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# Lessons learned from the 2023 4th Grade Math STAAR

Updated: Feb 23

The 2023 4th Grade Math STAAR introduced statewide online testing and several new item types. Using a modified version of the statewide item analysis report, I examined the readiness standards that had less than 50% mastery. Each standard has both an analysis of the items themselves to infer what made them so difficult and instructional implications for educators to ensure a more successful 2024 STAAR test.

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 Standard # of items % mastery 4.8C 2 25.5 4.4H 1 30 4.3E 1 33 4.5A 2 37 4.2G 2 47.5 4.3D 2 55 4.4A 1 46 4.7C 1 70
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Access the slide deck here.

### 4.8C - 25.5% overall mastery

solve problems that deal with measurements of length, intervals of time, liquid volumes, mass, and money using addition, subtraction, multiplication, or division as appropriate

#6 - 33% correct

#23 - 18% correct

###### Analysis
• Students had to regroup units in non-base 10 systems

• Answer selections for #23 indicated guessing

• Correct answer for #23 was least chosen option (18%)

###### Instructional Implications
• Draw representations using arrays

• Practice subtracting and regrouping in non-base 10 systems

• Convert all units into smallest measurement

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### 4.4H - 30% overall mastery

solve with fluency one- and two-step problems involving multiplication and division, including interpreting remainders

#27 - 30% correct

###### Analysis
• Students had to multiply first and then divide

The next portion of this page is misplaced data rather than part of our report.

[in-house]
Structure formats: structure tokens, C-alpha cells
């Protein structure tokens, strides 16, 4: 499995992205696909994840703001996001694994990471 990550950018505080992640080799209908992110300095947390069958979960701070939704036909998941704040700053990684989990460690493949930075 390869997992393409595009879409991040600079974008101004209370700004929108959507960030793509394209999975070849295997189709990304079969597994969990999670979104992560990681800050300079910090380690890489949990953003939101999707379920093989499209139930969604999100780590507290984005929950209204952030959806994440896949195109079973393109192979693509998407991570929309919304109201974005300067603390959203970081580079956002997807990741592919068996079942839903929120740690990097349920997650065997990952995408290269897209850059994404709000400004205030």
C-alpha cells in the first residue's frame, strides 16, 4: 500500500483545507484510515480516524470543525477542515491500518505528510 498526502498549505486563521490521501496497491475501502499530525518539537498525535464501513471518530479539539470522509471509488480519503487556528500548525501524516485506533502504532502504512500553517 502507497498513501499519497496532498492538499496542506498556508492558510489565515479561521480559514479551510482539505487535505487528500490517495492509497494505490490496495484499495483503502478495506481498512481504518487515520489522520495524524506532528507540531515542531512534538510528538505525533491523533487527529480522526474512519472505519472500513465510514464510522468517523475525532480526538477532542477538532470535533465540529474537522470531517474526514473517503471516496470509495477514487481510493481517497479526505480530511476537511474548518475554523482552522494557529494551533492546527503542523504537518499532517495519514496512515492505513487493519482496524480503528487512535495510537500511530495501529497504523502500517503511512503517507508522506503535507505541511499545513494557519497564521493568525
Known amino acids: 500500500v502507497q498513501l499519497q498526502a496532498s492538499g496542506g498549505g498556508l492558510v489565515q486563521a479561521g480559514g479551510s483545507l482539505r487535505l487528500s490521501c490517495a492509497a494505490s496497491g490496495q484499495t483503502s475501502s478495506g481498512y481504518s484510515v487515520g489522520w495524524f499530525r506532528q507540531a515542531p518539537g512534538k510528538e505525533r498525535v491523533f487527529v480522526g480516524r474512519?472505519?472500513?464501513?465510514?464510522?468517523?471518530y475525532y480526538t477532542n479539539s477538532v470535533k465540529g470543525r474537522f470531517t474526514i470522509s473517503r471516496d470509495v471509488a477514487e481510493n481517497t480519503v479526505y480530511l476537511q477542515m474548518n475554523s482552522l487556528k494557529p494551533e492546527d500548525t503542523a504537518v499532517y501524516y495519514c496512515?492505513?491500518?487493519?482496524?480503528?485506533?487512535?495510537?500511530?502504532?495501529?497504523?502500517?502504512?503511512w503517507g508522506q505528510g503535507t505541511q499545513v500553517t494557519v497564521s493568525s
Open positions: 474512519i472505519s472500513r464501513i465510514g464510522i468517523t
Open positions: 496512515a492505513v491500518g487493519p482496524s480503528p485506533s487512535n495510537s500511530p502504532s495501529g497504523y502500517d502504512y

• Interpreting the remainder involved adding one extra unit

• Most chosen answer (B - 45%) excluded the interpreted remainder

###### Instructional Implications
• Practice drawing representations of the problem in multiple ways

• Arrays

• Strip diagrams

• Pictures

• Focus on explicitly looking for remainders and how they should be interpreted in real-world situations

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Watch the full walkthrough of all 32 items on the 2023 4th Grade STAAR below.

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### 4.3E - 33% overall mastery

represent and solve addition and subtraction of fractions with equal denominators using objects and pictorial models that build to the number line and properties of operations

#29 - 33% correct

###### Analysis
• Equation editor took away security of multiple choice

• Creating a fraction is not intuitive with equation editor

• Students had to add mystery and sports books for correct numerator

###### Instructional Implications
• Practice with equation editor on the STAAR platform, asking students to generate

• Mixed numbers

• Improper fractions

• Proper fractions

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### 4.5A - 37% overall mastery

represent multi-step problems involving the four operations with whole numbers using strip diagrams and equations with a letter standing for the unknown quantity

#5Â - 42% correct

#18Â - 32% correct

###### Analysis
• For #5, option A (41%) was chosen as equally as correct answer (C - 42%)

• For #5, option A had only one difference - operation (not numbers)

• For #18, option D (46%) was chosen more than correct answer (B - 32%)